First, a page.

Also appears on The Screaming Nitpicker. A copy was provided to be for review by the publisher.
Nate is free from Sedna's clutches, but Beatrice Shakespeare Smith's problems are far from over. She still needs to fulfill Ophelia's promise, but that's kind of hard when getting the Scrimshander to the Theatre Illuminata isn't as easy as it seems. Sedna still lives and pursues Bertie with all her strength, wanting to see the young wordsmith dead. And how is she supposed to make a decision between the two men she loves equally? The journey to the place Bertie calls home is fraught with danger, fire dancers, brigands, and more mischief, and a happy ending seems close at hand--but could it turn out to be out of Bertie's reach? Not all plays end with, "and they lived happily ever after."
This review feels so stiff to me and I wish I could liven it up a little, but every time I tried to, it devolved into something like this: "EEEEEEEEEEEEEEEEEE SOOOO GOOOOOOD LIKE OMG HAPPPPYYYYYY BUT SAAAAAAAAAAAD!" So yeah, stiff review it is. As much as I want to unleash the inner fangirl and let her roam free, I've got to try to be intelligent.
The character growth Bertie has gone through during the series is impressive. If I were to read the first two chapters of Eyes Like Stars again and then reread the last two of So Silver Bright, it would seem like they're two different people and not the same young woman. Pretty sure she stole the title of "favorite character" from Ophelia and the fairies and now wears it like a crown. I've never liked Ariel because of some of the things he has done--to pull an instance from this very book, he humiliates her in front of the Queen and a large crowd of nobles--but he was admittedly sympathetic.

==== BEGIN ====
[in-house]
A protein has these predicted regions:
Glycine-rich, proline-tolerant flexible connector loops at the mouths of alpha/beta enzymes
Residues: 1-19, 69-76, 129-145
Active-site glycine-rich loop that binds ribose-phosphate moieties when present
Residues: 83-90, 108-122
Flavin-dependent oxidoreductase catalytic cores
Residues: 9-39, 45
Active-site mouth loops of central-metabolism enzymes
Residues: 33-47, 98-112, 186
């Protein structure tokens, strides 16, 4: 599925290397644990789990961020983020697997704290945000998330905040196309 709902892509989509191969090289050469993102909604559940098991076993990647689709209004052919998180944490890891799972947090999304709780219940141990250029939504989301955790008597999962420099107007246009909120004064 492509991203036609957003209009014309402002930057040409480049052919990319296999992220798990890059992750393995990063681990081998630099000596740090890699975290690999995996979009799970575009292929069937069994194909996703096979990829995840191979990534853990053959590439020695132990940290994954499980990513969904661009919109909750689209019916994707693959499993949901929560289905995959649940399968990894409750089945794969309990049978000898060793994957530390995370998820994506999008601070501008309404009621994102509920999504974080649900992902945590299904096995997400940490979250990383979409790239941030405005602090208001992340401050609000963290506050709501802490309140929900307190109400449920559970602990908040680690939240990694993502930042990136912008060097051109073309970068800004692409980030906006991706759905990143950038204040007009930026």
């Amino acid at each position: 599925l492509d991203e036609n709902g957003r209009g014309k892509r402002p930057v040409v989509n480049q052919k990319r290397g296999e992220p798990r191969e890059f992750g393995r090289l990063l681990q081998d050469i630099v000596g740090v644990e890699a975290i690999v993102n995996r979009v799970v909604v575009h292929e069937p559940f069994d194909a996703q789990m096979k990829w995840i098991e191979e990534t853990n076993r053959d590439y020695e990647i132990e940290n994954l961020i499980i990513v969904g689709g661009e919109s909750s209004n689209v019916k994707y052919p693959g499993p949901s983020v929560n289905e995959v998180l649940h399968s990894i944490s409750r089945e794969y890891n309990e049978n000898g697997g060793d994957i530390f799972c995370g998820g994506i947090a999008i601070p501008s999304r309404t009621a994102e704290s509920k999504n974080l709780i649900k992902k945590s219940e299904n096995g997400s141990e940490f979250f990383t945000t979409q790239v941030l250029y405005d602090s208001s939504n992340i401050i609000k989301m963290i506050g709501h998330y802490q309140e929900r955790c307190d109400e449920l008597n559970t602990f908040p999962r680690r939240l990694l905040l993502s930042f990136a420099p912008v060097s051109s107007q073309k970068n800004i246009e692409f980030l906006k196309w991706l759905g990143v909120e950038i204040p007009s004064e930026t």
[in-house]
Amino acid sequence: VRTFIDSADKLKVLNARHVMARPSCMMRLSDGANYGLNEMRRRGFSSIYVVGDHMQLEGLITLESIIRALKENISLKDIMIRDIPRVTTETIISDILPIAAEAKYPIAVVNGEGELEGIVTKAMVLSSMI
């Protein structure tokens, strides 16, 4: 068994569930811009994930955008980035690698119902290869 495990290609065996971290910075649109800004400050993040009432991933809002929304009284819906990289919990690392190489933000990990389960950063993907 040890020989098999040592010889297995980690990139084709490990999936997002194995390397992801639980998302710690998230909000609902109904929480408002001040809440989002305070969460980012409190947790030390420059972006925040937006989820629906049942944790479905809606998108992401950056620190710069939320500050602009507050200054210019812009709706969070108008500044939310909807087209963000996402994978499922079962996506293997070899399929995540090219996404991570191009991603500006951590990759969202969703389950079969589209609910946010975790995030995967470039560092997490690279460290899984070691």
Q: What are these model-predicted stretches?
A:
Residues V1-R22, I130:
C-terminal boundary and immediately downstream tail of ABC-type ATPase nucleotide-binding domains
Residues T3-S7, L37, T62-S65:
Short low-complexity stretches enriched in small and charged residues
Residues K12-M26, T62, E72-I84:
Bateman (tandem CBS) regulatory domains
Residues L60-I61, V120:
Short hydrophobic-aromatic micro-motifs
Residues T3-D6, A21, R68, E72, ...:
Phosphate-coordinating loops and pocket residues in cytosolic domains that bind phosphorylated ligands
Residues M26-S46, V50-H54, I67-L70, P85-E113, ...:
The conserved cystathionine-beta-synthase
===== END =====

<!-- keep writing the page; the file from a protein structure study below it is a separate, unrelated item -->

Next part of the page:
Bertie's adventures with her troupe were as fun to read about as ever and the book was just as good at making me laugh and smile as its predecessors (mostly due to the fairies), but the pacing wasn't the best. Until the last seventy pages or so, it was pretty slow going and I just floated with it. Small, forgettable plot points from previous books become incredibly important the best way they can, obvious plot points are confirmed, and it looks like the book made a last-minute trip to Plot Supermarket, the plot point superstore, to pick up another plot point or five. In the end, it all ties together pretty neatly and the sense of closure is complete yet open-ended, giving me plenty of room to imagine where the characters go from there.
The prose was often beautiful and made me wish I could write like that, but there were more than a few scenes where I couldn't figure out what was supposed to be going on. One scene was so bad about it that I had to reread it three times just to figure out what happened and that it made sense. Varvara, a fire dancer coincidentally introduced during that unclear scene, could have made for such a good character with her backstory, but she was only used as a plot device to help Bertie get around obstacles or move the plot along. I hate seeing good characters go to waste like that.
Since 2008, I've read about one hundred books per year and I'm on track to do it again No more than five of those books make me cry. So Silver Bright is one of those books for 2011. I didn't even like one character, but their fate had me bawling like a little baby, and a scene later in the book involving Sedna made me tear up too. Two-thirds of the way through, I thought this would be a solid three-star, but everything that came after that point was good enough to make me kick it up a notch. For all its flaws, So Silver Bright was a good book and a great conclusion to the Theatre Illuminata trilogy.